But it’s not just about listening well. Listening is more passive and one-directional than systems change work requires. In 2021, Omidyar Network heard directly from partners through its Center for Effective Philanthropy Grantee Perception Report, focus groups, and externally facilitated interviews to provide formative evaluations. One consistent piece of feedback: Partners were hungry for real relationships, which included being more transparent about what Omidyar Network is learning, the questions it is struggling with, and strategies. We heard loud and clear that this work requires being more vulnerable and honest about our own journey, imperfections, and learning. One grantee shared:

“I think they need to wrestle with whether they’re being ‘directive’ or being ‘in relationship’. Are we learning from our partners about what’s relevant and how to get there?” – ON Grantee Interview

Omidyar Network started to do this by sharing more publicly what we are hearing from partners and network, what is challenging our thinking, and what our intentions and point of views are, even when they are evolving or incomplete. For example, we recently shared the full results of our Grantee Perception Report, including areas to improve, as well as updates to our New Economic Paradigm and Worker Power strategies, which we also tied directly to the feedback received from partners and other stakeholders.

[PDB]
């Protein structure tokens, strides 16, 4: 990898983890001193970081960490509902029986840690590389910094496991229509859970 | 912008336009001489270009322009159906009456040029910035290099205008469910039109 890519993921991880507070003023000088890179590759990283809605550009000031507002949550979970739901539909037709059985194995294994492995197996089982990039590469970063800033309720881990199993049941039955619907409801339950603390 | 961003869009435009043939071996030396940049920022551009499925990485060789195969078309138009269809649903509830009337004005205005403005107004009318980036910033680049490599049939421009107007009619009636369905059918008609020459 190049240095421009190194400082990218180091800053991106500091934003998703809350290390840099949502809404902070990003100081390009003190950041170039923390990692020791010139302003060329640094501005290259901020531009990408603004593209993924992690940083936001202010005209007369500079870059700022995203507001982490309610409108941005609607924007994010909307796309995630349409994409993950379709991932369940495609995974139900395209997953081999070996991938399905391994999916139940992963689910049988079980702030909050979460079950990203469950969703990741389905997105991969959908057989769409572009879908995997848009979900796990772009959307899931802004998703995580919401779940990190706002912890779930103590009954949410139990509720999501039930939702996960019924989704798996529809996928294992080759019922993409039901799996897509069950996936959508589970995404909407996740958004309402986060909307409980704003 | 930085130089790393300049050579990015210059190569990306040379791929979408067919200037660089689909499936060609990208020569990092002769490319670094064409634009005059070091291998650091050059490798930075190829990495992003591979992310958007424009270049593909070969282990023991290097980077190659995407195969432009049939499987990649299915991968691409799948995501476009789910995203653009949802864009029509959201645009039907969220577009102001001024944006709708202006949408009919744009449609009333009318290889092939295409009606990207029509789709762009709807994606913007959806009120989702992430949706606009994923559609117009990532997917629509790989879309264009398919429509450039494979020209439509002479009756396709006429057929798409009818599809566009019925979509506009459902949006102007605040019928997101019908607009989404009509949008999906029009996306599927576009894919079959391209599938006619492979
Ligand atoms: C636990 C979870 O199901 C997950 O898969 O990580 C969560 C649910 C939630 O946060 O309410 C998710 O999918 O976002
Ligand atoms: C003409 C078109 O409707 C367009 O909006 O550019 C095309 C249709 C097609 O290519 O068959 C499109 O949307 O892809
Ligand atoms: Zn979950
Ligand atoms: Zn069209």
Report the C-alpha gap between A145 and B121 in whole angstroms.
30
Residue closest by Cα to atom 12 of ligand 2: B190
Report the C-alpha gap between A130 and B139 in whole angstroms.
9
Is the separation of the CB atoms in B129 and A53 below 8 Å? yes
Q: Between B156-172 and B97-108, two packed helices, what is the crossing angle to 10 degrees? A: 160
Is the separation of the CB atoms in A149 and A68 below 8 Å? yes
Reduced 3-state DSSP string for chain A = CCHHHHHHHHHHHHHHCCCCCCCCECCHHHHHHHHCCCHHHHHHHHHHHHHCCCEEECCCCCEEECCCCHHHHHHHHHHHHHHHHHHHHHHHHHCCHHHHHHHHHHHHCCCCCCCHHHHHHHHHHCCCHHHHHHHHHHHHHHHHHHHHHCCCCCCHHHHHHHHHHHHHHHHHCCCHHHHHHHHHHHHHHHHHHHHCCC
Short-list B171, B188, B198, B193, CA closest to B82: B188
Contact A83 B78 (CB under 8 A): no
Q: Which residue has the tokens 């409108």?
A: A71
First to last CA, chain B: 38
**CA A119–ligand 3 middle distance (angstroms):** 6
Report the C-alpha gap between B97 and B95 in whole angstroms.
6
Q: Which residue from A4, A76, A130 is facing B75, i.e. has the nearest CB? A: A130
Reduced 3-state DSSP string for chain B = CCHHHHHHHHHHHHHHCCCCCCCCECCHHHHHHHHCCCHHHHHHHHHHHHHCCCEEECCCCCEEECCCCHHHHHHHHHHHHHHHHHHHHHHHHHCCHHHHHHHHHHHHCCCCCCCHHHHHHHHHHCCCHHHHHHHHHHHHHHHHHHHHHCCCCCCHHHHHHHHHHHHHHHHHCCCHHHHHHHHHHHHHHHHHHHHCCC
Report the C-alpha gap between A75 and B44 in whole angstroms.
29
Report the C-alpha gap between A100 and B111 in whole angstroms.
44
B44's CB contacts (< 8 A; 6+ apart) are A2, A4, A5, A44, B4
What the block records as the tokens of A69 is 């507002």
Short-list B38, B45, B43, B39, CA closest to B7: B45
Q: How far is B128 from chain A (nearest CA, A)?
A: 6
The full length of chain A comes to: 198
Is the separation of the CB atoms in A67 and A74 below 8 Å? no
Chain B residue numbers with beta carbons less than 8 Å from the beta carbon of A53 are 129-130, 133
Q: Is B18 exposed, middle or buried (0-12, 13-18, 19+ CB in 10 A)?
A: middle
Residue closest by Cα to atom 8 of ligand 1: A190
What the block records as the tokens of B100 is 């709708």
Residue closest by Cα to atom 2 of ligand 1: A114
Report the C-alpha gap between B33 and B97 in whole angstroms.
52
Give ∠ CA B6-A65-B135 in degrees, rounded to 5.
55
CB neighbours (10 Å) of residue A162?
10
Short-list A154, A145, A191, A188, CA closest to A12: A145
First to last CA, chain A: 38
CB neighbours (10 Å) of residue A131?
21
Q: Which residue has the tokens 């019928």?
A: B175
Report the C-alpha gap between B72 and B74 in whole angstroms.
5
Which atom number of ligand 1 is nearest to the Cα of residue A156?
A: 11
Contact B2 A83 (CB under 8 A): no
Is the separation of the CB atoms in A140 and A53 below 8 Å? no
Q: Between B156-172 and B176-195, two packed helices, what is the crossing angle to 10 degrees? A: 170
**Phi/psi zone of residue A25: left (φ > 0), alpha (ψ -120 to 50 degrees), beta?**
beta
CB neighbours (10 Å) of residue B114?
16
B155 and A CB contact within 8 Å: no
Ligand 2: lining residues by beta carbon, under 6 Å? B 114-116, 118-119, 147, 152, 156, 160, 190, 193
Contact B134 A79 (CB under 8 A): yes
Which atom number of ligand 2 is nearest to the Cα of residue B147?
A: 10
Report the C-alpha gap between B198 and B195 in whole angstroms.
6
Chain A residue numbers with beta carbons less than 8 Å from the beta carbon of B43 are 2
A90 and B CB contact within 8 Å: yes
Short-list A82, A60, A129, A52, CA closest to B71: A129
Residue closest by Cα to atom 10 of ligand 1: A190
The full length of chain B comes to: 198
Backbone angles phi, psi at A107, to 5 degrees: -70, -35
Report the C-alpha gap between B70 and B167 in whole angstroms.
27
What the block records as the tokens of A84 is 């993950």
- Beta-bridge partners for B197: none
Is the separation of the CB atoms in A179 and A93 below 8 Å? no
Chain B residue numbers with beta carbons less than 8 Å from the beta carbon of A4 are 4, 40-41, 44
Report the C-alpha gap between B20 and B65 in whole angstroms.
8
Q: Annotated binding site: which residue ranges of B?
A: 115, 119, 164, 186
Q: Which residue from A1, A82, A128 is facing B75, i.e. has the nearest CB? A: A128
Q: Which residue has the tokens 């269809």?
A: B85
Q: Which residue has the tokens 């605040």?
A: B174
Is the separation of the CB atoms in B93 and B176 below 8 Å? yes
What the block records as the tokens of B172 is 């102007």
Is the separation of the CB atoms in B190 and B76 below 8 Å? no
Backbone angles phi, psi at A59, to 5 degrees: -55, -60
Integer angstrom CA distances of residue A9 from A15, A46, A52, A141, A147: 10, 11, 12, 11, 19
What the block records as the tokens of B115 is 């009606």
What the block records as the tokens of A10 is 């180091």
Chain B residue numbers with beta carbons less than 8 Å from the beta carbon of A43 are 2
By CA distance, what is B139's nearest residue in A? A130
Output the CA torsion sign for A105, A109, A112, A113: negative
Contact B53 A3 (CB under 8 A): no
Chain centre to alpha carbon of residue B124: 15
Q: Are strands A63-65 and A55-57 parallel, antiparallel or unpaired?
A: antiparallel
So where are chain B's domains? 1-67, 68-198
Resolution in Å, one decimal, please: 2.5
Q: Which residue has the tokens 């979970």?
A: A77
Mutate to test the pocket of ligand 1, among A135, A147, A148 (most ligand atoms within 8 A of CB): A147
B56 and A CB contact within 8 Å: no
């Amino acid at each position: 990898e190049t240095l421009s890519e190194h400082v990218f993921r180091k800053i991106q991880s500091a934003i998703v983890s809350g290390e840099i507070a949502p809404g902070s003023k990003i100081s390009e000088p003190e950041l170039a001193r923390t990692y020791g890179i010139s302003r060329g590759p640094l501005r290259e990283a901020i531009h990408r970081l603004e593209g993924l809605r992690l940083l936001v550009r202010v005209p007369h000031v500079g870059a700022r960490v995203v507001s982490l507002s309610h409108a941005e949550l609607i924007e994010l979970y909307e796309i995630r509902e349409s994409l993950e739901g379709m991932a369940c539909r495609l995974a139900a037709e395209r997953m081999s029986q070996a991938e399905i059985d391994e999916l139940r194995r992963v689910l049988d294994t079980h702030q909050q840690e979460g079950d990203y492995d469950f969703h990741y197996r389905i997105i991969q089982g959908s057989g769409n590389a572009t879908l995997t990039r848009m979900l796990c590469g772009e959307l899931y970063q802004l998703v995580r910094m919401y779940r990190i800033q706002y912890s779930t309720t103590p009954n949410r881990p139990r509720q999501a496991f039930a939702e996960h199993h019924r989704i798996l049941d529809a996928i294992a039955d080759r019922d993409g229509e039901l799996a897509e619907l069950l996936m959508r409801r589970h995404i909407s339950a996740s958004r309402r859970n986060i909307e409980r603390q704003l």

Know What You Don’t Know

One of Ted Lasso’s most endearing traits is his humbleness; he is open about what he doesn’t know. As he announced at his first press conference, “You could fill two internets with all I don’t know about football.” One of the traps of strategic philanthropy is feeling that we should be able to see and know all things with confidence. Instead, acknowledging what we don’t know can open the door to building meaningful connections.

This has led Omidyar Network to experiment with playing different roles, especially in spaces where it is clear we will never, nor should ever, be an expert or the only decision-maker. With the Community Infrastructure Fund for Mutual Aid, Omidyar Network and its partners (Amalgamated Foundation, JustFund, and Art in Praxis) convened an advisory council of six mutual aid practitioners, activists, and leaders of color with deep experience working with communities threatened by the current political and social climate. Instead of trying to anticipate communities’ needs, we created the conditions for others closer to the work to decide which projects to fund.